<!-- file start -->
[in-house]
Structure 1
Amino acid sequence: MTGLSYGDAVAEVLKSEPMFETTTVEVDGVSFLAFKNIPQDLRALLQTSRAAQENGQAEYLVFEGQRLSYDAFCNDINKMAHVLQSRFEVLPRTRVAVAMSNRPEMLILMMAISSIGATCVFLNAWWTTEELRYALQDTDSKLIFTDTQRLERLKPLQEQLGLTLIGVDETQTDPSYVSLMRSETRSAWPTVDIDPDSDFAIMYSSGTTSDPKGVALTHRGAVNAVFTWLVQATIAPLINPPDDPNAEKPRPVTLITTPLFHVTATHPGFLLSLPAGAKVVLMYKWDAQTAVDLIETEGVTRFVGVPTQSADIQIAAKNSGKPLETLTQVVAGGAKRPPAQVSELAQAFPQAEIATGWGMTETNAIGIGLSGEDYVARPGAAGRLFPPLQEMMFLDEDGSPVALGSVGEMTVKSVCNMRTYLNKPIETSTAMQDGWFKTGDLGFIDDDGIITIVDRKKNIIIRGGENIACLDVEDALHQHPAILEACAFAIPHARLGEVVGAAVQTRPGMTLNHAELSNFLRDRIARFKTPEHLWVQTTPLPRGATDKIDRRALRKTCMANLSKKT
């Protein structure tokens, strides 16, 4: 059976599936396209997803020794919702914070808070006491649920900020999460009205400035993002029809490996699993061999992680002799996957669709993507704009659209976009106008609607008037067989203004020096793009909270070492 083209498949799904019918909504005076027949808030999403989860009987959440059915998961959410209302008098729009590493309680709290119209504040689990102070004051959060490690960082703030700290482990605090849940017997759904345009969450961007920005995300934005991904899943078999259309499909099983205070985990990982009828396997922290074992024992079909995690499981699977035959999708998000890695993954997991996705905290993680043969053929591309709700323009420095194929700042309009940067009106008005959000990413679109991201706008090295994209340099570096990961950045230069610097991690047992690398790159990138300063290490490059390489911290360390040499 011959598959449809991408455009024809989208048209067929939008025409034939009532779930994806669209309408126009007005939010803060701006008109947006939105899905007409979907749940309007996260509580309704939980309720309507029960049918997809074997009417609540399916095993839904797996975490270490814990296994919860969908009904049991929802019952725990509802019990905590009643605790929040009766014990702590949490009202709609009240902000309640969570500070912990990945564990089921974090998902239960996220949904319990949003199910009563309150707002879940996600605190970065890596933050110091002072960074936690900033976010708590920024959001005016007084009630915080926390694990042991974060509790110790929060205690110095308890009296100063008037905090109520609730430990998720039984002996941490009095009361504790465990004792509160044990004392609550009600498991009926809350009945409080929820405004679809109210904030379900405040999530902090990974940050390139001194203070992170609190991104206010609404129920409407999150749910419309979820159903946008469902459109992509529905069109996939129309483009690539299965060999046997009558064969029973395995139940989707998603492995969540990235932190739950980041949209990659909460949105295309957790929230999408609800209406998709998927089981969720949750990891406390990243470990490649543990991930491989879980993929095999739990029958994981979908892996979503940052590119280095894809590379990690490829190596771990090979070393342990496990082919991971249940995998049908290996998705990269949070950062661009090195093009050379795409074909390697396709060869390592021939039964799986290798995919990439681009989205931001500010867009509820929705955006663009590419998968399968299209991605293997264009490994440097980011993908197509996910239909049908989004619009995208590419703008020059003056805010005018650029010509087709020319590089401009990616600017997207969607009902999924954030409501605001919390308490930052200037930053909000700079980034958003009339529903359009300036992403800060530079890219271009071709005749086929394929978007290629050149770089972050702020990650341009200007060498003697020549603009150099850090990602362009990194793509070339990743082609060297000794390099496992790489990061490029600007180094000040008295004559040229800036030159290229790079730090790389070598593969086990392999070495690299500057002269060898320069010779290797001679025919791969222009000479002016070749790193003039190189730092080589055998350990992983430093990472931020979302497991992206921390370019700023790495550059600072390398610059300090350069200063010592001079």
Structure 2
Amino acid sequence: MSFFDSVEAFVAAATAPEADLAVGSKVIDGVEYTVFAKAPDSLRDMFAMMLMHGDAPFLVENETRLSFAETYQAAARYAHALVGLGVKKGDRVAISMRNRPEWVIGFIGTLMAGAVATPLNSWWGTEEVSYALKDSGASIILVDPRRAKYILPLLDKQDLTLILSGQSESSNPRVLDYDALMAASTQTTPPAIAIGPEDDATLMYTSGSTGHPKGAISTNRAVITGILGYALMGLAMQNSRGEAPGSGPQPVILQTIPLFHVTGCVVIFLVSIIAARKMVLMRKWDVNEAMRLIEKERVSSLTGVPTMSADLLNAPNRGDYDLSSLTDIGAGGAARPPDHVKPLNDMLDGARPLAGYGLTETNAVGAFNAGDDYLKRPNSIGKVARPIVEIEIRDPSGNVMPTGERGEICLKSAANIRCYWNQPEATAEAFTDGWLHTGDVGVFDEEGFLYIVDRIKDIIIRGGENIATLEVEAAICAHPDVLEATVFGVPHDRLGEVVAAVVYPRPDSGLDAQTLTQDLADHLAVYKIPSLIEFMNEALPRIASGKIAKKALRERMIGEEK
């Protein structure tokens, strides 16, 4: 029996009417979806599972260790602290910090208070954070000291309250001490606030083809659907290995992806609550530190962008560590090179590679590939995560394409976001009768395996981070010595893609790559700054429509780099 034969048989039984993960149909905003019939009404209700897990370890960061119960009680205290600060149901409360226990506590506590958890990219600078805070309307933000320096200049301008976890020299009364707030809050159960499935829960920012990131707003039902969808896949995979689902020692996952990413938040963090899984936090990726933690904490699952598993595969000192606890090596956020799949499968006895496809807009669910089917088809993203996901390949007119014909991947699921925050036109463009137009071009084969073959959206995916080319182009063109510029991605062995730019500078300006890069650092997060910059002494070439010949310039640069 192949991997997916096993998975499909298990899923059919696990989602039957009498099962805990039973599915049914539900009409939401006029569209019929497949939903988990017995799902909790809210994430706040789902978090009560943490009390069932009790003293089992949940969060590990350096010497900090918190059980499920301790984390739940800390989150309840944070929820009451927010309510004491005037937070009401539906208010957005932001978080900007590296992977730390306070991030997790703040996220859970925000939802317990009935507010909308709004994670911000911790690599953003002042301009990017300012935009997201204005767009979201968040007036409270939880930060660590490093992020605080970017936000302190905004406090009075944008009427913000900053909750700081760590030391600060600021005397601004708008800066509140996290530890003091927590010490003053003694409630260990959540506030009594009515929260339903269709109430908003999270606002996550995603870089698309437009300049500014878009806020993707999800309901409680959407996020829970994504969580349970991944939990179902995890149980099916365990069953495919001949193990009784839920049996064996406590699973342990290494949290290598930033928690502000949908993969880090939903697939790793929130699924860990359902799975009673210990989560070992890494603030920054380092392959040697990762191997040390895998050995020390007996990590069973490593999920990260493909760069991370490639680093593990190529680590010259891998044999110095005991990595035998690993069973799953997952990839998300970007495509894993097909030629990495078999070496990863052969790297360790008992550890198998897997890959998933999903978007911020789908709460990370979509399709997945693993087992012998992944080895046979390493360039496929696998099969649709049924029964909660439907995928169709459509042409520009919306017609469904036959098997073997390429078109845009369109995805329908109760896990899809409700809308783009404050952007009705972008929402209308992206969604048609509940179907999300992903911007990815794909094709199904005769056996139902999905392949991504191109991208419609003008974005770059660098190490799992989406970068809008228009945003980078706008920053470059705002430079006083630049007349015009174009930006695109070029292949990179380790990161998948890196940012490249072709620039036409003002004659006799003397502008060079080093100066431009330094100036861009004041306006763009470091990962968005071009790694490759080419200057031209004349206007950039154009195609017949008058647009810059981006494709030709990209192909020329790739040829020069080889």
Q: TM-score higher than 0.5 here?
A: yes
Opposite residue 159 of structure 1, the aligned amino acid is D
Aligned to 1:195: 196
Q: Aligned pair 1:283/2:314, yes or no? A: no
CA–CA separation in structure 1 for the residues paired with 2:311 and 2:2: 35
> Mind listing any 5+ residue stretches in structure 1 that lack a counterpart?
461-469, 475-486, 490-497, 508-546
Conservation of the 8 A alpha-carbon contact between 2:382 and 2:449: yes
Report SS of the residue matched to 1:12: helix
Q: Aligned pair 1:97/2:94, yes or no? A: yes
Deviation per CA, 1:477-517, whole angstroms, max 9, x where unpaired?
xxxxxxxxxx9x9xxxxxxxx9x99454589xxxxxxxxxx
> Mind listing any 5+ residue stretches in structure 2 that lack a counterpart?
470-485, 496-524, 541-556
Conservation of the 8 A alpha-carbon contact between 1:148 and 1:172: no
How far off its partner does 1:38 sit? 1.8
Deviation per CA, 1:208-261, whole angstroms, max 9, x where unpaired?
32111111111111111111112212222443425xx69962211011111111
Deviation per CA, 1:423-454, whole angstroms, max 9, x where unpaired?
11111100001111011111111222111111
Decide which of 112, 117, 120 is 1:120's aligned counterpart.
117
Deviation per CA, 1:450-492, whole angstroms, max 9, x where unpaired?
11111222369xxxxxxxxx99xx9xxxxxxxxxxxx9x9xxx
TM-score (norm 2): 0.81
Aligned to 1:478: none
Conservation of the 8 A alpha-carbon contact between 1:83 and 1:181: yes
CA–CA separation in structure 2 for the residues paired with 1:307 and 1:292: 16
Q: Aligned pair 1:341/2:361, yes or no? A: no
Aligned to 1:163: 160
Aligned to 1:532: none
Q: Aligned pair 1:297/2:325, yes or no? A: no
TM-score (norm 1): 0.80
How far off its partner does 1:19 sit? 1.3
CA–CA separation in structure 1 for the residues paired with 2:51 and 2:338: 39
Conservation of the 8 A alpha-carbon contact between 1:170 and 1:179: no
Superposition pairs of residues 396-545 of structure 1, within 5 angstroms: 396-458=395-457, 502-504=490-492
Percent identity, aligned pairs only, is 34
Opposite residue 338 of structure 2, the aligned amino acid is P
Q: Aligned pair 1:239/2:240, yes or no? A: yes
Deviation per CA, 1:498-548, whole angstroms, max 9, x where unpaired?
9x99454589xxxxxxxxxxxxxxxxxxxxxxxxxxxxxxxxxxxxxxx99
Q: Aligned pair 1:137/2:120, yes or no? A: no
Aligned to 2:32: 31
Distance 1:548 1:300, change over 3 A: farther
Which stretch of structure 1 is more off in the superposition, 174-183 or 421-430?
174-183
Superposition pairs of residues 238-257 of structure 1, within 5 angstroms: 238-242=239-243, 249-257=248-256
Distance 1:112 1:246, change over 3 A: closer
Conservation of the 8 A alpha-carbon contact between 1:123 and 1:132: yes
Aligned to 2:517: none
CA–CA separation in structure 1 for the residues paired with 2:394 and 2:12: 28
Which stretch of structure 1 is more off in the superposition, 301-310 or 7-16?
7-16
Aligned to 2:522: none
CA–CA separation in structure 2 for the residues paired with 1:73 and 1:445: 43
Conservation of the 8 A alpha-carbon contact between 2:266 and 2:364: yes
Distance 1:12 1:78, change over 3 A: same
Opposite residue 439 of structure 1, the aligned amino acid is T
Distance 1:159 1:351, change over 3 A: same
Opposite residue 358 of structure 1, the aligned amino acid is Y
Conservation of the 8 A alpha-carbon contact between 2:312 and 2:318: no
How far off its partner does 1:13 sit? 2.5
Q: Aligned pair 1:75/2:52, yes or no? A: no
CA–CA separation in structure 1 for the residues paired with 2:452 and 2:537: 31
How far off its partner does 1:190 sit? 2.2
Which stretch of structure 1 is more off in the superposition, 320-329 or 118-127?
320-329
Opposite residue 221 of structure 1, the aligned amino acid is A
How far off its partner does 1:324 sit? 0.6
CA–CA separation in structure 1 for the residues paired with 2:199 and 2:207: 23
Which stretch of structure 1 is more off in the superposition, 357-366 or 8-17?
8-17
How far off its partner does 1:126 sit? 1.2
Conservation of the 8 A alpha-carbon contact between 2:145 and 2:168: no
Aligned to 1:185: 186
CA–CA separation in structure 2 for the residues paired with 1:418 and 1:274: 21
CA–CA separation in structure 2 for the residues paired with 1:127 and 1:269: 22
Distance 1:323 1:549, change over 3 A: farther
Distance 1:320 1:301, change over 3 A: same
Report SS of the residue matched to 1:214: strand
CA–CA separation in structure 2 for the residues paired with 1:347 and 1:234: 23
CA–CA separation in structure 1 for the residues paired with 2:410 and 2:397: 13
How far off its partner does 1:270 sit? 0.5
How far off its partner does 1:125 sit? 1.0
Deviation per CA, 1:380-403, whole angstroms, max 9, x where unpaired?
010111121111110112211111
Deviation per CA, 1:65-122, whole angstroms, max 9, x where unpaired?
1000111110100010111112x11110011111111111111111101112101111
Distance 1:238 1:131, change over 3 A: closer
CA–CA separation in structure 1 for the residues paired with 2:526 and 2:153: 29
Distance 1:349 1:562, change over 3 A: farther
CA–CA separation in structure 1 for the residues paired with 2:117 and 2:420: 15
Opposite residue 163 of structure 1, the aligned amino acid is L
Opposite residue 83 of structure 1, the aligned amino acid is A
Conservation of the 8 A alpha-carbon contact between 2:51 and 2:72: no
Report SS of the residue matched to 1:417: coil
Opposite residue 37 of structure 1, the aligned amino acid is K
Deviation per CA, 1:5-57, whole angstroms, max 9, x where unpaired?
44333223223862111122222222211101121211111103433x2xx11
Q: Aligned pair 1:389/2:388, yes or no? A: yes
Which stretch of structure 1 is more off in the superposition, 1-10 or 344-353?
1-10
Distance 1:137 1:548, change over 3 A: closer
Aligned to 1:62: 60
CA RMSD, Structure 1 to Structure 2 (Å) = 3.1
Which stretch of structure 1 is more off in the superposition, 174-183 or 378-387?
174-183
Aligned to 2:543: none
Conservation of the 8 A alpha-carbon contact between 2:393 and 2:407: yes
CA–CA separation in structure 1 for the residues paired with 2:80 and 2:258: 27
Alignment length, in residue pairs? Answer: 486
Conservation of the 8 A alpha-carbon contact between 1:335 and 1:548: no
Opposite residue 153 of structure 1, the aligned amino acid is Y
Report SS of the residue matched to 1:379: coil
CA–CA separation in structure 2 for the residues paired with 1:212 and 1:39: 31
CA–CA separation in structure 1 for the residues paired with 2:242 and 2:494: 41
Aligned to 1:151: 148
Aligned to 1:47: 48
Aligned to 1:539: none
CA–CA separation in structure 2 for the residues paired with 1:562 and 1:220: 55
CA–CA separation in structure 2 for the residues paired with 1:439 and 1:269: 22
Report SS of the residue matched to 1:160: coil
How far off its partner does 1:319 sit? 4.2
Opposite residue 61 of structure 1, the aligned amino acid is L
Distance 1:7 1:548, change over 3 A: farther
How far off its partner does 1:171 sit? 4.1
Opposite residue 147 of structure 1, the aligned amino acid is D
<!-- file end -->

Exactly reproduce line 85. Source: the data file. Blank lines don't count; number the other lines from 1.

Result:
CA–CA separation in structure 2 for the residues paired with 1:418 and 1:274: 21